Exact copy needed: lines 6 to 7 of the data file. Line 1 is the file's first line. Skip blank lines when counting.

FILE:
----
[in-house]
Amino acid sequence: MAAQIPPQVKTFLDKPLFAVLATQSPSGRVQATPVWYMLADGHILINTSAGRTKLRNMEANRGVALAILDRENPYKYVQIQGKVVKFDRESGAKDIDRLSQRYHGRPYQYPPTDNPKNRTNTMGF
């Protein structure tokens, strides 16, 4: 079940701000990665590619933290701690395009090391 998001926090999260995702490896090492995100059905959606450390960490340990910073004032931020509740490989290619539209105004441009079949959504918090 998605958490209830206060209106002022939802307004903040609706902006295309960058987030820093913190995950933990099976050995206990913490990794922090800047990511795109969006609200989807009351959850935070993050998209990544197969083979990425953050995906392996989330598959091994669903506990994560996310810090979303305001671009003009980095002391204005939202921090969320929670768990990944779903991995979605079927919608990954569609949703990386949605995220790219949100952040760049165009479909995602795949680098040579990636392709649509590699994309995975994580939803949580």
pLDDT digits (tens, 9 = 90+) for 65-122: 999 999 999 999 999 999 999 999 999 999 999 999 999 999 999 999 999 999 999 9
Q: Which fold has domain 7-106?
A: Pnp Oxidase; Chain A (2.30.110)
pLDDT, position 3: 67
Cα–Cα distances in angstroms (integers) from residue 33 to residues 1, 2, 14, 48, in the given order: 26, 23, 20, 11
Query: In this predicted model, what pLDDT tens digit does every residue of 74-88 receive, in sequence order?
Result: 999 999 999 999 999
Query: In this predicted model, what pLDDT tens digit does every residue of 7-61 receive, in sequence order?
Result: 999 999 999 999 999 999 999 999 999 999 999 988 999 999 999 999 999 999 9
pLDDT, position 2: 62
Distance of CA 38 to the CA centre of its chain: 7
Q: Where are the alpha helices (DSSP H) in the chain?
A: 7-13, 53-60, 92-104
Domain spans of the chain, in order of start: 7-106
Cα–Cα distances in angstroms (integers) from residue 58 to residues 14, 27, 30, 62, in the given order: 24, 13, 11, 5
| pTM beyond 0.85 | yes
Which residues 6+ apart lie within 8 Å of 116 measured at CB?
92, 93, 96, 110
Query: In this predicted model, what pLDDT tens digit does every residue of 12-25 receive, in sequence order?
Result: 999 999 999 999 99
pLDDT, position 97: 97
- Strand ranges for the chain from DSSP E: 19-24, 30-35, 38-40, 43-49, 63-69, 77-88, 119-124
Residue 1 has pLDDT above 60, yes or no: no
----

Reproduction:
A: Pnp Oxidase; Chain A (2.30.110)
pLDDT, position 3: 67